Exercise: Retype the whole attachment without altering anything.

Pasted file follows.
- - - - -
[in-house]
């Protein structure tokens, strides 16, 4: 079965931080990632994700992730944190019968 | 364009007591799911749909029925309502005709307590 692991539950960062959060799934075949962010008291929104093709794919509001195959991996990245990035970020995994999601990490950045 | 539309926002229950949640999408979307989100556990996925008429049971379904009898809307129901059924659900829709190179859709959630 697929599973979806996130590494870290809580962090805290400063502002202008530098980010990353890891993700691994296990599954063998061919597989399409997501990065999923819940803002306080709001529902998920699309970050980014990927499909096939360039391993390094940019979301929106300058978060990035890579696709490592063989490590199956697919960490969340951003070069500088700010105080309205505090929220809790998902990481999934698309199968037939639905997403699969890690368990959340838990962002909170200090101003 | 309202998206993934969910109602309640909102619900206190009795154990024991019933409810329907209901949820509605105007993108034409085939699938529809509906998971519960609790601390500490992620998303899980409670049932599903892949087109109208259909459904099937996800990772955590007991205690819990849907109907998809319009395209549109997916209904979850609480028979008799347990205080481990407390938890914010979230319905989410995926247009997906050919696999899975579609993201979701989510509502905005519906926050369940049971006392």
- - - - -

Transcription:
[in-house]
């Protein structure tokens, strides 16, 4: 079965931080990632994700992730944190019968 | 364009007591799911749909029925309502005709307590 692991539950960062959060799934075949962010008291929104093709794919509001195959991996990245990035970020995994999601990490950045 | 539309926002229950949640999408979307989100556990996925008429049971379904009898809307129901059924659900829709190179859709959630 697929599973979806996130590494870290809580962090805290400063502002202008530098980010990353890891993700691994296990599954063998061919597989399409997501990065999923819940803002306080709001529902998920699309970050980014990927499909096939360039391993390094940019979301929106300058978060990035890579696709490592063989490590199956697919960490969340951003070069500088700010105080309205505090929220809790998902990481999934698309199968037939639905997403699969890690368990959340838990962002909170200090101003 | 309202998206993934969910109602309640909102619900206190009795154990024991019933409810329907209901949820509605105007993108034409085939699938529809509906998971519960609790601390500490992620998303899980409670049932599903892949087109109208259909459904099937996800990772955590007991205690819990849907109907998809319009395209549109997916209904979850609480028979008799347990205080481990407390938890914010979230319905989410995926247009997906050919696999899975579609993201979701989510509502905005519906926050369940049971006392």